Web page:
By Jennie Bell, NC Council of Churches
Those called “outsiders” have long been the most vulnerable in any society because they are not afforded the protection and support that acceptance in a group would guarantee. While almost everyone has been made to feel like an outsider at some point in time, certain groups of people are often targeted due to their differences, such as those of different races, social classes, genders or sexual orientations.
To be an outsider means not having a voice in formal proceedings that will affect you or your family’s life. As a woman, I have experienced being an outsider in many ways: Courts decide my reproductive rights. There are still many industries in which I will not only be paid less, but may not even be considered for a job for which I am highly qualified. And, even within the church, there are times when I have been made to feel like an outsider by those who claim to love their neighbors as themselves but who do not think women should hold leadership positions in the church.
House Bill 100, which would ban law enforcement agencies from recognizing consular or local identification cards, is a shining example of this reality. It specifically targets a group of people we have classified as “undocumented” or even “illegal.” This bill directly targets our brothers and sisters whom the state has refused to formally acknowledge. Imagine what it would be like to not have any means to identify yourself—it would be as if you do not officially exist in society.
Not having official identification would make life difficult for anyone, but it is probably most difficult for women who are striving to provide food and safe housing for their children, enroll them in public schools, care for their family’s health needs, and protect them physically, socially, and emotionally. For example, a mother without appropriate identification might be unable to obtain a prescription medication for a sick child. Registering a child for school is almost impossible without identification, and even if the child could be registered, a parent going to the school office would be required to show identification to pick up the child or accompany the class on a field trip. Without some form of identification that is recognized by community agencies, it would be very difficult to function even marginally in society.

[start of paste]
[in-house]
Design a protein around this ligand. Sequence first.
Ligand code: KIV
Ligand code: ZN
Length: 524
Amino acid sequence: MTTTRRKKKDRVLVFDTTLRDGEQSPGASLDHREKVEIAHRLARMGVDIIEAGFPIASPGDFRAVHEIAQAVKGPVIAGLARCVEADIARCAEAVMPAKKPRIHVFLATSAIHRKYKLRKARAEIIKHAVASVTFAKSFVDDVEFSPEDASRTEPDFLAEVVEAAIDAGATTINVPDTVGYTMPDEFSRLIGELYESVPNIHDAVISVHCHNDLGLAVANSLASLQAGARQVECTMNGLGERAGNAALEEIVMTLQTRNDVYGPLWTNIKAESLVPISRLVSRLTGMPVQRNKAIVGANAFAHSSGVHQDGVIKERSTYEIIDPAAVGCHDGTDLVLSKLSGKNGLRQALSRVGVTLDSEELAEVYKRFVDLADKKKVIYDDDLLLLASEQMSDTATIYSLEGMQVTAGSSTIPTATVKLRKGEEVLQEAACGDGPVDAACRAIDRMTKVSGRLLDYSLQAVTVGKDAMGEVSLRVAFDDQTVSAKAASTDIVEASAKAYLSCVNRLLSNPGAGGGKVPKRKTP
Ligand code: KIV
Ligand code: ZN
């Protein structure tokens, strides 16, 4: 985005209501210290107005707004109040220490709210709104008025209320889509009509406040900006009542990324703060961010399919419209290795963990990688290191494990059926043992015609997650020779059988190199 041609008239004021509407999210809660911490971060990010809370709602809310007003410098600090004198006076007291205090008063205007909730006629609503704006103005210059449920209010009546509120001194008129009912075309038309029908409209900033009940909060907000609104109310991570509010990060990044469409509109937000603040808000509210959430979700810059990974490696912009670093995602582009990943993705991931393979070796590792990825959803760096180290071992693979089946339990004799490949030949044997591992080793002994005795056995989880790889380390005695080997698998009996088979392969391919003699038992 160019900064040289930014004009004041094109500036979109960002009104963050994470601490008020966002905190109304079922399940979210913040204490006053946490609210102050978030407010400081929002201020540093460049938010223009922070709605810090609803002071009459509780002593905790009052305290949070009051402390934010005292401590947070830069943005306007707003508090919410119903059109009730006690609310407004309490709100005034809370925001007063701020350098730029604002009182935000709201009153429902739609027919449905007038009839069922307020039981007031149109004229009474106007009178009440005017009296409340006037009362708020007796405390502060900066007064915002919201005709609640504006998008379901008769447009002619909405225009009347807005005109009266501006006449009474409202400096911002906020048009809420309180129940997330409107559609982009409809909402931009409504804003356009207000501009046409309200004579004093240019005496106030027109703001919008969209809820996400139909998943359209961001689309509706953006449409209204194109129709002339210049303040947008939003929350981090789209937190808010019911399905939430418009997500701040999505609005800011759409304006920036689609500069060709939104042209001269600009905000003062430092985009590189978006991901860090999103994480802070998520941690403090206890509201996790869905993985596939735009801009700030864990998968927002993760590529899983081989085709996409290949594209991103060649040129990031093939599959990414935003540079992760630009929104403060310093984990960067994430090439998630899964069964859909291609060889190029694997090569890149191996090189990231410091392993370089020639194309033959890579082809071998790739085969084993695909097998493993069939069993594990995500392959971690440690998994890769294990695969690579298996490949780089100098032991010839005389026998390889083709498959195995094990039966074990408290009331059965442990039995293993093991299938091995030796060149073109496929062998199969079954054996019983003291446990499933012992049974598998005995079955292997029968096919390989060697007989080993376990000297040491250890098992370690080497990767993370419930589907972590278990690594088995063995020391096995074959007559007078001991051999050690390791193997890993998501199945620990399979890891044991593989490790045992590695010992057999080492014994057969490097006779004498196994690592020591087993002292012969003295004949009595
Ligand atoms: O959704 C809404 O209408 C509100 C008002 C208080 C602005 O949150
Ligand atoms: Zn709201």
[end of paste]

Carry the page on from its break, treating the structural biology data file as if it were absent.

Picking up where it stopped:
Acknowledgement is at the heart of HB 100. HB 100 utilizes the state’s authority to regulate identification in such a way as to deny dignity and humanity to an entire group of people. Moreover, it punishes those cities and counties that would go against this inhumane law by taking away funding for schools and roads if they do not comply. In this way, HB 100 incentivizes persecution and unjust treatment toward those who are already victimized because they are considered “outsiders.”
Those of us who oppose this inhumane treatment of immigrants frequently reference the command from God to care for the most vulnerable in society, which is echoed throughout scripture. This mandate is often accompanied by the command that we remember that we too were once strangers in a foreign land. As a Christian, I believe that we are all citizens of the city of God and no earthly categories or documents have the power to prevent the citizens from living into the reign of God. HB 100 does not witness to the love, mercy, grace, and acceptance God has toward the many men, women, and children targeted by this bill. We cannot support laws that divide societies into different classes by taking away the dignity, humanity and identity of entire groups of people.
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